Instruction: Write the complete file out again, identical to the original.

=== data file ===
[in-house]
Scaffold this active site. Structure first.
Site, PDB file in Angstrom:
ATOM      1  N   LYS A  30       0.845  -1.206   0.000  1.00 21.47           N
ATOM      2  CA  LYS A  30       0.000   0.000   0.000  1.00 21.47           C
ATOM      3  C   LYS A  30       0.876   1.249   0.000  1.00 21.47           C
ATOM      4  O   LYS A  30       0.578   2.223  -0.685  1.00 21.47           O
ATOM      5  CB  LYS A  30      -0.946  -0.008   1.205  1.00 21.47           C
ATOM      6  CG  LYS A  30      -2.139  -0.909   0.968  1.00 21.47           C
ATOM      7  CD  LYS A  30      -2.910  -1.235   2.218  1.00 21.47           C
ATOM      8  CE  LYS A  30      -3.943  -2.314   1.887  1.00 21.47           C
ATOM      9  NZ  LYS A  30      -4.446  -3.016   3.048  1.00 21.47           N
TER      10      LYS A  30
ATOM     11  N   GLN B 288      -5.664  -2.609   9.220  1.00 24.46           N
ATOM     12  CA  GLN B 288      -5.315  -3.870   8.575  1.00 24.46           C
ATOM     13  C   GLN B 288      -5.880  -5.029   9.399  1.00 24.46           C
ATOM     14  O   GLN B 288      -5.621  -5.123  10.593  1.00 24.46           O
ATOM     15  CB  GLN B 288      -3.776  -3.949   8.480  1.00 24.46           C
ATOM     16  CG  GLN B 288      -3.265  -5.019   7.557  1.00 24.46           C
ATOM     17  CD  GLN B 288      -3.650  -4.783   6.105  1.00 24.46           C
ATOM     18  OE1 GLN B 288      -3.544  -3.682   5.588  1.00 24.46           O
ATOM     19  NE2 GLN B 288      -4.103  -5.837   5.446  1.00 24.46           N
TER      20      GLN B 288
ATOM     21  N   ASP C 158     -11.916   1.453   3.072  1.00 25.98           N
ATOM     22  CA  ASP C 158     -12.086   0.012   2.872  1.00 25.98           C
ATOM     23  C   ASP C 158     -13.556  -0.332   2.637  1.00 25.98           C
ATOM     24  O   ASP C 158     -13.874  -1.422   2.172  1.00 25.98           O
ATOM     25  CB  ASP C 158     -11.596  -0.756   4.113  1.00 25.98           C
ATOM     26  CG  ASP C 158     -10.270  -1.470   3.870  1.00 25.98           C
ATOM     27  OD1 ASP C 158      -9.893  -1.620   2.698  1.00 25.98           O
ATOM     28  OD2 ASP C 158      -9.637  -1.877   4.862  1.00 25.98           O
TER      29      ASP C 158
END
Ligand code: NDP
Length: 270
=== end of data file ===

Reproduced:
[in-house]
Scaffold this active site. Structure first.
Site, PDB file in Angstrom:
ATOM      1  N   LYS A  30       0.845  -1.206   0.000  1.00 21.47           N
ATOM      2  CA  LYS A  30       0.000   0.000   0.000  1.00 21.47           C
ATOM      3  C   LYS A  30       0.876   1.249   0.000  1.00 21.47           C
ATOM      4  O   LYS A  30       0.578   2.223  -0.685  1.00 21.47           O
ATOM      5  CB  LYS A  30      -0.946  -0.008   1.205  1.00 21.47           C
ATOM      6  CG  LYS A  30      -2.139  -0.909   0.968  1.00 21.47           C
ATOM      7  CD  LYS A  30      -2.910  -1.235   2.218  1.00 21.47           C
ATOM      8  CE  LYS A  30      -3.943  -2.314   1.887  1.00 21.47           C
ATOM      9  NZ  LYS A  30      -4.446  -3.016   3.048  1.00 21.47           N
TER      10      LYS A  30
ATOM     11  N   GLN B 288      -5.664  -2.609   9.220  1.00 24.46           N
ATOM     12  CA  GLN B 288      -5.315  -3.870   8.575  1.00 24.46           C
ATOM     13  C   GLN B 288      -5.880  -5.029   9.399  1.00 24.46           C
ATOM     14  O   GLN B 288      -5.621  -5.123  10.593  1.00 24.46           O
ATOM     15  CB  GLN B 288      -3.776  -3.949   8.480  1.00 24.46           C
ATOM     16  CG  GLN B 288      -3.265  -5.019   7.557  1.00 24.46           C
ATOM     17  CD  GLN B 288      -3.650  -4.783   6.105  1.00 24.46           C
ATOM     18  OE1 GLN B 288      -3.544  -3.682   5.588  1.00 24.46           O
ATOM     19  NE2 GLN B 288      -4.103  -5.837   5.446  1.00 24.46           N
TER      20      GLN B 288
ATOM     21  N   ASP C 158     -11.916   1.453   3.072  1.00 25.98           N
ATOM     22  CA  ASP C 158     -12.086   0.012   2.872  1.00 25.98           C
ATOM     23  C   ASP C 158     -13.556  -0.332   2.637  1.00 25.98           C
ATOM     24  O   ASP C 158     -13.874  -1.422   2.172  1.00 25.98           O
ATOM     25  CB  ASP C 158     -11.596  -0.756   4.113  1.00 25.98           C
ATOM     26  CG  ASP C 158     -10.270  -1.470   3.870  1.00 25.98           C
ATOM     27  OD1 ASP C 158      -9.893  -1.620   2.698  1.00 25.98           O
ATOM     28  OD2 ASP C 158      -9.637  -1.877   4.862  1.00 25.98           O
TER      29      ASP C 158
END
Ligand code: NDP
Length: 270